Huffpost Denver

Ken Buck Picks Up Endorsement From Freedomworks PAC

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Colorado Senate candidate Ken Buck has picked up another key endorsement from the conservative wing of the Republican party, this time winning the support of FreedomWorks PAC. FreedomWorks, which is chaired by former House Majority Leader Dick Armey, has provided much of the organizational support and funding for the national Tea Party movement.

In a press release, FreedomWorks referenced Buck's opposition to Colorado's Referendum C in 2005, which temporarily suspended certain spending limitations built into the state's constitution, as reason for supporting his Senatorial bid:

FreedomWorks PAC is pleased to announce its addition of conservative Ken Buck, candidate in the Colorado senatorial election, to the Take America Back in 2010 campaign leading up to November. Buck earned the "Champion of Freedom" endorsement for his strong commitment to a limited government, fiscally responsible agenda.

Since 2004, Ken Buck has served the public as the Weld County District Attorney. He has witnessed firsthand the stagnant and ineffective nature of government when it overreaches the boundaries set by the Constitution.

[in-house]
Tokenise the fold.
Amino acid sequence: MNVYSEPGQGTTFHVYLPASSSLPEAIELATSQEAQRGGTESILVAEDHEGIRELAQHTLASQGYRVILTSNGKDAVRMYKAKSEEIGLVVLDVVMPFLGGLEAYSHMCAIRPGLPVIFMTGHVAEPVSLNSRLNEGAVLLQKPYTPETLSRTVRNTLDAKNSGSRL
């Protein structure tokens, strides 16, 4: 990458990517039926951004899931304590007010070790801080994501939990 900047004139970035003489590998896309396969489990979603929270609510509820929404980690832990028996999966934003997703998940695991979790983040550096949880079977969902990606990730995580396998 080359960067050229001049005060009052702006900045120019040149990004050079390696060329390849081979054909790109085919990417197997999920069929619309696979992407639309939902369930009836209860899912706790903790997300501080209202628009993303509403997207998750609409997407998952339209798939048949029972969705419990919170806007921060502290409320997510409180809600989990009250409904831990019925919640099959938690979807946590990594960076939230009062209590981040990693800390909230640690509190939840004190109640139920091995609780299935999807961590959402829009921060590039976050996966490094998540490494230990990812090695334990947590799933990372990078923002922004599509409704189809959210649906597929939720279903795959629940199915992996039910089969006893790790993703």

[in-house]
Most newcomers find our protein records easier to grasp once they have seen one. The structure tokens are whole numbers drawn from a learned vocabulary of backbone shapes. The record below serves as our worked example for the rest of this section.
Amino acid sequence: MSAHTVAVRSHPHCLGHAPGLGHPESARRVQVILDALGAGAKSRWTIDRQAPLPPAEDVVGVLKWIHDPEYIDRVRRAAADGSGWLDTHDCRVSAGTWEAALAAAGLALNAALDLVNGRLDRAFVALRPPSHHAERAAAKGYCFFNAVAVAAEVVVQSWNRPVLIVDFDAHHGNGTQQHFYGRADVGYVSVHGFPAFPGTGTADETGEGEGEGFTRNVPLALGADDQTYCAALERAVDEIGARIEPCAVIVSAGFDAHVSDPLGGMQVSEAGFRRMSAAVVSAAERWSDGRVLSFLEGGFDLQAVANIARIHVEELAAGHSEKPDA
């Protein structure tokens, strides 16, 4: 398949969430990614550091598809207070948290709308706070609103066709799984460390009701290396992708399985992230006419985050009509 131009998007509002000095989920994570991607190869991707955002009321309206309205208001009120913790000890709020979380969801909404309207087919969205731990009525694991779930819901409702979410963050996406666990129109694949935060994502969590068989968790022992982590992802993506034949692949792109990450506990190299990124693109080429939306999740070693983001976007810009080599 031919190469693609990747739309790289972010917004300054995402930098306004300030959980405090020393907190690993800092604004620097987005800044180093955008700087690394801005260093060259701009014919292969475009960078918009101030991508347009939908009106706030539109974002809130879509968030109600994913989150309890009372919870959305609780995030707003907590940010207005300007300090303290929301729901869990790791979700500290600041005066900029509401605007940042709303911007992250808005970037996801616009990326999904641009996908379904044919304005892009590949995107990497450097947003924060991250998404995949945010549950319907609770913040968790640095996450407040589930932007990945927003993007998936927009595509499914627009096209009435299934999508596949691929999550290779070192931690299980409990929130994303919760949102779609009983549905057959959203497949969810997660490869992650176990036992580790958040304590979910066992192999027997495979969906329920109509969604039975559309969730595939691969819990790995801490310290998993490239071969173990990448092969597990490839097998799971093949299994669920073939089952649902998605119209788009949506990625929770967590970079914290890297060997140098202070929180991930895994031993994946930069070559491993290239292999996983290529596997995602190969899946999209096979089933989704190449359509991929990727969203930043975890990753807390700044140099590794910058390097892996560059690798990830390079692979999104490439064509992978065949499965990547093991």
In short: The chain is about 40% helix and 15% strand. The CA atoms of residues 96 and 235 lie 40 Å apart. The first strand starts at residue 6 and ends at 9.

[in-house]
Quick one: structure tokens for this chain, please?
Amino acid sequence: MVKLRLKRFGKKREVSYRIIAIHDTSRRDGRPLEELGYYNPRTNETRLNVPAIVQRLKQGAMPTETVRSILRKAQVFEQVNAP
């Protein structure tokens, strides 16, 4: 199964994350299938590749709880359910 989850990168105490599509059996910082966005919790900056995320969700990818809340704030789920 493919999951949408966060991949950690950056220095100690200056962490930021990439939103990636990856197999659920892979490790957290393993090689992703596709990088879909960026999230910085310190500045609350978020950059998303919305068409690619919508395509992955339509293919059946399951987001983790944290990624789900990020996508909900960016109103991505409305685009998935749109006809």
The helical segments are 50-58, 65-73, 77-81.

Unlike his opponent, Jane Norton, Buck believes that Congressional spending and federal deficit growth are out of control. Norton was a supporter of the infamous Referendum C in 2005, which suspended Colorado's state spending limits for five years and spent $3.7 billion of taxpayer refund money, marking it the biggest tax increase in the state's history.

CNN, which calls FreedomWork PAC's endorsement "helpful" for Buck, reports that the organization will help the candidate with get-out-the-vote efforts and other grassroots initiatives.

Buck, a little-known District Attorney from rural Weld County, has stunned the political establishment by shooting ahead in recent polls. Buck's ascent as the front-runner for the Republican nomination has been greatly aided by the support of grassroots conservatives and right-wing independent groups.

The Republican and Democratic parties will select their nominees in primaries on August 10.